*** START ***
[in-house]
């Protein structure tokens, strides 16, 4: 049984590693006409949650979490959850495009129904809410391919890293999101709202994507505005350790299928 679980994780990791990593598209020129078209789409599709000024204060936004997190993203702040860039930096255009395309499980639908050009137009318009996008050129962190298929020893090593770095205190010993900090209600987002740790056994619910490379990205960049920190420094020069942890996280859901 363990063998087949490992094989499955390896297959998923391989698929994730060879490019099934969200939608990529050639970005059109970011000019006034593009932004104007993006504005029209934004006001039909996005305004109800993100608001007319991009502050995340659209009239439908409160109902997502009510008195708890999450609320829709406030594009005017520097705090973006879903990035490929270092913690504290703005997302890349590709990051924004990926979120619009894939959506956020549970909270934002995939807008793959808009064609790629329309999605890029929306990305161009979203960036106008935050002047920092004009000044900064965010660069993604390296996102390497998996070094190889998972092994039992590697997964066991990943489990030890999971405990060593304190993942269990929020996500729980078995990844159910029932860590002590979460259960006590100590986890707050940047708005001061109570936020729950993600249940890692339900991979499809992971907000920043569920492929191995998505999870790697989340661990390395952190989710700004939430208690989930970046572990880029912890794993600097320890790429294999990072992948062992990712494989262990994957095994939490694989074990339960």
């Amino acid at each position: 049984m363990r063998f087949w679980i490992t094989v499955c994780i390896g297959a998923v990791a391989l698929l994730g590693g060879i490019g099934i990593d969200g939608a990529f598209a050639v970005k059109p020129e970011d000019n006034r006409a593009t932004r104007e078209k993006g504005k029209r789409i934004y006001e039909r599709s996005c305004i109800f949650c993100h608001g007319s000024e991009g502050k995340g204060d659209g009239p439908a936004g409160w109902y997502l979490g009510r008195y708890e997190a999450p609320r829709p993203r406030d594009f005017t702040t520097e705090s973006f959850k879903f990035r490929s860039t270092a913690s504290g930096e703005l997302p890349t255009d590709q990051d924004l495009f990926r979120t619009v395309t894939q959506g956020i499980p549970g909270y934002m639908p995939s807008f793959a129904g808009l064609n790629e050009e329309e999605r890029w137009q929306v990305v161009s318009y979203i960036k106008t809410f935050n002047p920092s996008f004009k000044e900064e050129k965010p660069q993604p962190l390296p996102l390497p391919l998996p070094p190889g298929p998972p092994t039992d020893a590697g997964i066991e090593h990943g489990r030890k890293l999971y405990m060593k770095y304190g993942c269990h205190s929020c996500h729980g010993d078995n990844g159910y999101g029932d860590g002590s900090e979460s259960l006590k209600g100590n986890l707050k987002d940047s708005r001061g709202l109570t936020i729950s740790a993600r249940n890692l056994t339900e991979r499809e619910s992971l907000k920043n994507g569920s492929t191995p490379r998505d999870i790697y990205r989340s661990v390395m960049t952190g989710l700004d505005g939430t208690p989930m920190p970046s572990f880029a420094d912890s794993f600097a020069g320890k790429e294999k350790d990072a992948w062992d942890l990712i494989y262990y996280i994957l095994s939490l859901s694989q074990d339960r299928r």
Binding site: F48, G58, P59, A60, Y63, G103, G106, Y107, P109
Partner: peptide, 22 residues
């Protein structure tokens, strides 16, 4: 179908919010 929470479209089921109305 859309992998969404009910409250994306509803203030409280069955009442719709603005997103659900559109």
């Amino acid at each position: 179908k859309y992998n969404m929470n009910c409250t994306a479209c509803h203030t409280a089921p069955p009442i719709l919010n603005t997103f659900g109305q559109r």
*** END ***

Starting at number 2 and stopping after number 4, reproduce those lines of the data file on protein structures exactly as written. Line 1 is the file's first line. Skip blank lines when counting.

């Protein structure tokens, strides 16, 4: 049984590693006409949650979490959850495009129904809410391919890293999101709202994507505005350790299928 679980994780990791990593598209020129078209789409599709000024204060936004997190993203702040860039930096255009395309499980639908050009137009318009996008050129962190298929020893090593770095205190010993900090209600987002740790056994619910490379990205960049920190420094020069942890996280859901 363990063998087949490992094989499955390896297959998923391989698929994730060879490019099934969200939608990529050639970005059109970011000019006034593009932004104007993006504005029209934004006001039909996005305004109800993100608001007319991009502050995340659209009239439908409160109902997502009510008195708890999450609320829709406030594009005017520097705090973006879903990035490929270092913690504290703005997302890349590709990051924004990926979120619009894939959506956020549970909270934002995939807008793959808009064609790629329309999605890029929306990305161009979203960036106008935050002047920092004009000044900064965010660069993604390296996102390497998996070094190889998972092994039992590697997964066991990943489990030890999971405990060593304190993942269990929020996500729980078995990844159910029932860590002590979460259960006590100590986890707050940047708005001061109570936020729950993600249940890692339900991979499809992971907000920043569920492929191995998505999870790697989340661990390395952190989710700004939430208690989930970046572990880029912890794993600097320890790429294999990072992948062992990712494989262990994957095994939490694989074990339960």
């Amino acid at each position: 049984m363990r063998f087949w679980i490992t094989v499955c994780i390896g297959a998923v990791a391989l698929l994730g590693g060879i490019g099934i990593d969200g939608a990529f598209a050639v970005k059109p020129e970011d000019n006034r006409a593009t932004r104007e078209k993006g504005k029209r789409i934004y006001e039909r599709s996005c305004i109800f949650c993100h608001g007319s000024e991009g502050k995340g204060d659209g009239p439908a936004g409160w109902y997502l979490g009510r008195y708890e997190a999450p609320r829709p993203r406030d594009f005017t702040t520097e705090s973006f959850k879903f990035r490929s860039t270092a913690s504290g930096e703005l997302p890349t255009d590709q990051d924004l495009f990926r979120t619009v395309t894939q959506g956020i499980p549970g909270y934002m639908p995939s807008f793959a129904g808009l064609n790629e050009e329309e999605r890029w137009q929306v990305v161009s318009y979203i960036k106008t809410f935050n002047p920092s996008f004009k000044e900064e050129k965010p660069q993604p962190l390296p996102l390497p391919l998996p070094p190889g298929p998972p092994t039992d020893a590697g997964i066991e090593h990943g489990r030890k890293l999971y405990m060593k770095y304190g993942c269990h205190s929020c996500h729980g010993d078995n990844g159910y999101g029932d860590g002590s900090e979460s259960l006590k209600g100590n986890l707050k987002d940047s708005r001061g709202l109570t936020i729950s740790a993600r249940n890692l056994t339900e991979r499809e619910s992971l907000k920043n994507g569920s492929t191995p490379r998505d999870i790697y990205r989340s661990v390395m960049t952190g989710l700004d505005g939430t208690p989930m920190p970046s572990f880029a420094d912890s794993f600097a020069g320890k790429e294999k350790d990072a992948w062992d942890l990712i494989y262990y996280i994957l095994s939490l859901s694989q074990d339960r299928r």
Binding site: F48, G58, P59, A60, Y63, G103, G106, Y107, P109